Masters and Johnson's mechanical approach, rooted in the American reverance for science, made their book palatable to a tongue-tied nation. Specific sexual information suddenly became part of the standard fare for newspapers, magazines and television talk shows, which recognized the audience appeal for this sex talk involving Masters and Johnson. "When receptivity to sex-related material started increasing, people wern't as threatened by it," Johnson later noted. "They began to listen, instead of reacting emotionally. This evolution was paralled by the media's awakening to the idea that this was a very saleable product." Some women's magazines remained wary of the topic in the mid-1960's, so the profiled Masters and Johnson themselves, until the sexual revolution gained greater public consent. "Then the floodgates opened", Johnson recalled, "All of a sudden the whole magazine- every single magazine- was being sold on the basis of sex. A little food, a little fashion, a little parenting, and all the rest sex, so the media actually created the concept of a revolution."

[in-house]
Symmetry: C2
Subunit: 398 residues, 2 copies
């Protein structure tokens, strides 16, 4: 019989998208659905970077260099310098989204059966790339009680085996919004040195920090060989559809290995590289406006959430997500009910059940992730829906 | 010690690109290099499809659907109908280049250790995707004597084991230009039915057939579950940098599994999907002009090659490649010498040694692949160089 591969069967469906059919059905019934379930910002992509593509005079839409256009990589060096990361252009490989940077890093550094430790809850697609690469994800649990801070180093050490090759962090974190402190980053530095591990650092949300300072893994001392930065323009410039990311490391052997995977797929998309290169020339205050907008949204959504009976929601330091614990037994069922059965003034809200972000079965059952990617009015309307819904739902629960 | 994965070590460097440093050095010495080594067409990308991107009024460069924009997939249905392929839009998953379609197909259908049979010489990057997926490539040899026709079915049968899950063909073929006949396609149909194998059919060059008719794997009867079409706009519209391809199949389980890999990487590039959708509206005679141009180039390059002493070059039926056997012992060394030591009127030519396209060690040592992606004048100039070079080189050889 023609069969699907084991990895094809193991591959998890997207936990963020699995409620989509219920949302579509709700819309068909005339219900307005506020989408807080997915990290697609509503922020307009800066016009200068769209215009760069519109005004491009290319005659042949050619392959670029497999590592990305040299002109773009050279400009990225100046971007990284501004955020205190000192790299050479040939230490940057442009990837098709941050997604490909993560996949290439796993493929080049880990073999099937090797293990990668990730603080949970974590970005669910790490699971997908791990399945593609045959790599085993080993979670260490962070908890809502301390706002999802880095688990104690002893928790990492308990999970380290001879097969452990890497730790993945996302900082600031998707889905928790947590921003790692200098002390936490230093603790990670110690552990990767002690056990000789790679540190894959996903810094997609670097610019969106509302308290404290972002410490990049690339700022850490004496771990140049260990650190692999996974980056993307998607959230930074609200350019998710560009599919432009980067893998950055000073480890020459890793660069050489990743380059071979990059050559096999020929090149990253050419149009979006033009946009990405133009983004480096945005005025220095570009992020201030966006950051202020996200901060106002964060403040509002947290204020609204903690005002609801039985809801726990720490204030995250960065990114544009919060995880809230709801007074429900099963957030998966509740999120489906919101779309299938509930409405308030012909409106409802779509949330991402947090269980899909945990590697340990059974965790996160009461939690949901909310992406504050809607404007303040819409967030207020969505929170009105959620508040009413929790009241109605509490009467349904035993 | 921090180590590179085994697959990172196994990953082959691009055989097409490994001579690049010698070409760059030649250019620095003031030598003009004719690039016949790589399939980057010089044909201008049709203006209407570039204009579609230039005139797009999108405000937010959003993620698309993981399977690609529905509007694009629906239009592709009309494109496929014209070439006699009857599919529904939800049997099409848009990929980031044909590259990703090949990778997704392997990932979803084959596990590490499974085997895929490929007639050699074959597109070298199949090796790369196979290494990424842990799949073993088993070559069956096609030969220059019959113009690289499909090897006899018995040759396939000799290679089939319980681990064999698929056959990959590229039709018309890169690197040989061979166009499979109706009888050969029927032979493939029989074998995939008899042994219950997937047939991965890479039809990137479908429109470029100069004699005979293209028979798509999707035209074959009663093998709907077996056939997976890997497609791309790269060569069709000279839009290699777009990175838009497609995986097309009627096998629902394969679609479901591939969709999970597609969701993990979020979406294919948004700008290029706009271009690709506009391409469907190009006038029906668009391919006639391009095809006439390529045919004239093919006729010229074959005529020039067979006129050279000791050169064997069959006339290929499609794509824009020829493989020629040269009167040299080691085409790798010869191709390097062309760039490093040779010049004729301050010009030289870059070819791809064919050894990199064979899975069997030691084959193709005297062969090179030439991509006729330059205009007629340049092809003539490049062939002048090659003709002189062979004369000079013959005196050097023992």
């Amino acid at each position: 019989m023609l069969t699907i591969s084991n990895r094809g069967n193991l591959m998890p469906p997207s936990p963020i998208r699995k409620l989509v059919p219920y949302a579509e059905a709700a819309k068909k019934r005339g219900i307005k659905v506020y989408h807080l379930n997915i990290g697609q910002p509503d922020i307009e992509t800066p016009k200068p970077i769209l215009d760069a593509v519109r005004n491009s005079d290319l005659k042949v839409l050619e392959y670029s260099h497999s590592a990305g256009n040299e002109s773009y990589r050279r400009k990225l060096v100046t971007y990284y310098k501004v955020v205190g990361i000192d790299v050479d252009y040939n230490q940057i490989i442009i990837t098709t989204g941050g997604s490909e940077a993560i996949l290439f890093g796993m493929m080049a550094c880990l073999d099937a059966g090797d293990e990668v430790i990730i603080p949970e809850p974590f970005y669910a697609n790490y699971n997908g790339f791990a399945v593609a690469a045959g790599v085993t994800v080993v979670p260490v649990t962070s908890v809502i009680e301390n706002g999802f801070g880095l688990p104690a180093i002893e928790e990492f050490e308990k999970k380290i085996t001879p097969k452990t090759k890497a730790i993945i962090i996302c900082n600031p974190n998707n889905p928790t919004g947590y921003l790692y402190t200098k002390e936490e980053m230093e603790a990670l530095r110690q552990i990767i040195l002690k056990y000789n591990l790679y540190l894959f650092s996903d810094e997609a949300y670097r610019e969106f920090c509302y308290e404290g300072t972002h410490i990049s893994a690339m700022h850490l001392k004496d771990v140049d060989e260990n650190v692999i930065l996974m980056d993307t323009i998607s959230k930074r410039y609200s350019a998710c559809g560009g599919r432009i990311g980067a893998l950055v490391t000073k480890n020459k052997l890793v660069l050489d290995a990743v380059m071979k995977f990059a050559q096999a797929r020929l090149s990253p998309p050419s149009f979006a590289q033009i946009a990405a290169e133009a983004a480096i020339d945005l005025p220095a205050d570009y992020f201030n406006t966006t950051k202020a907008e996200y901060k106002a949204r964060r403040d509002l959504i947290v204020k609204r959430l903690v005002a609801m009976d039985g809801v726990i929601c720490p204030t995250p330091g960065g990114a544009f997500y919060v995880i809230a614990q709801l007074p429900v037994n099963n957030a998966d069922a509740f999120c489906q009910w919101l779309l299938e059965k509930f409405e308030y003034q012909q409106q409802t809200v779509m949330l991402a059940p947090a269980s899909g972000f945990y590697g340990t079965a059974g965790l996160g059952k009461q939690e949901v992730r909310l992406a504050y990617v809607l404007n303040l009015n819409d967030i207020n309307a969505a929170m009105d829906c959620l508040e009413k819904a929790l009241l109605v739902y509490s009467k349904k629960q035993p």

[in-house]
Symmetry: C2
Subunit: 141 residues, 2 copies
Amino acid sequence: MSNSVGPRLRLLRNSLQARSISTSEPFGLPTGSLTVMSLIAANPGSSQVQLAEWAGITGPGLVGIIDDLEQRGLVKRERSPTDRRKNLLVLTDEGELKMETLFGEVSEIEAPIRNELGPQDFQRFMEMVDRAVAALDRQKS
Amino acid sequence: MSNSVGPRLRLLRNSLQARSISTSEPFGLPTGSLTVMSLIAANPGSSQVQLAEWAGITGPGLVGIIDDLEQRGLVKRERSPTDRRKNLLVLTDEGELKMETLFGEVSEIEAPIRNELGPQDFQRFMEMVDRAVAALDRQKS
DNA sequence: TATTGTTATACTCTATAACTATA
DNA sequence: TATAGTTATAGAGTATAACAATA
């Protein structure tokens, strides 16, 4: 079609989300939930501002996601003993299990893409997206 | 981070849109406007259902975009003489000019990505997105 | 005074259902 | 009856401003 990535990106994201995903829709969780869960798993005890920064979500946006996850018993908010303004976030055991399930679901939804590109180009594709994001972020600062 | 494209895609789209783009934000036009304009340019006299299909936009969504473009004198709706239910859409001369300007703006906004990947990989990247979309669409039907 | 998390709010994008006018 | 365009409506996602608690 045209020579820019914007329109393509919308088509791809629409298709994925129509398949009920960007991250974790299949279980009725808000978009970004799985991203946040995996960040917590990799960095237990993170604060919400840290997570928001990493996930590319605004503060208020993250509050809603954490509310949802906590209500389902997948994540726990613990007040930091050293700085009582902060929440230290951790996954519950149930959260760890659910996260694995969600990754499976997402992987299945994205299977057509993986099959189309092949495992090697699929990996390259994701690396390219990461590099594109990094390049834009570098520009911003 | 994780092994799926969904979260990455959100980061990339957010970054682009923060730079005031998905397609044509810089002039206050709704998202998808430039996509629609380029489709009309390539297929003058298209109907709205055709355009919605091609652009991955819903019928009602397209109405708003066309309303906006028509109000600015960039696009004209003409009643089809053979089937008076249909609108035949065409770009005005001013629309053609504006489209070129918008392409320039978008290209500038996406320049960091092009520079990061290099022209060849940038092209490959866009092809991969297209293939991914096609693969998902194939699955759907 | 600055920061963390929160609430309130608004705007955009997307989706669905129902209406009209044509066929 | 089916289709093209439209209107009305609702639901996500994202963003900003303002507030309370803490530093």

2. Masters and Johnson had a clinic at the Dept. of Obstetrics and Gynocology at Washington U. and later moved their research and therapy Institution to private facilities. They "wired-up" the subjects of their observations, conducted interviews and therapy sessions with their patients. Except in a few cases requiring the utmost discretion ( as in the case of Sen. Jacob Javits and George Wallace and their wives) all these sessions were recorded. These records ended up in the possession of Virginia Johnson who, though offered assistance in selling to them to the University, had them all destroyed.

  3. Masters of Sex; The Life and Times of William Masters and Virginia Johnson, The Couple Who Taught America How To Love" by Thomas Maier; Basic Books, 2009.

    Actually, though without any formal degree, Virginia Johnson turned out to be "the brains" behind this couple's research, publishing and and especially the therapeutic ventures. Eventually the two got married but then, well into their 70's, divorced, which killed the business side of their operation. Virginia was not well served by the settlement but neither ended up with a large fortune. There are very tragic elements to this story. For one, Bill's father beat him mercilessy when he was a boy and tyrannized his mother. Neither Bill or Virginia managed their personal lives very well, reflecting a dishonesty which hurt some of their professional work and for which national celebrity finally did not offer much consolation. The use of "Love" in title is a bit "tongue in cheek".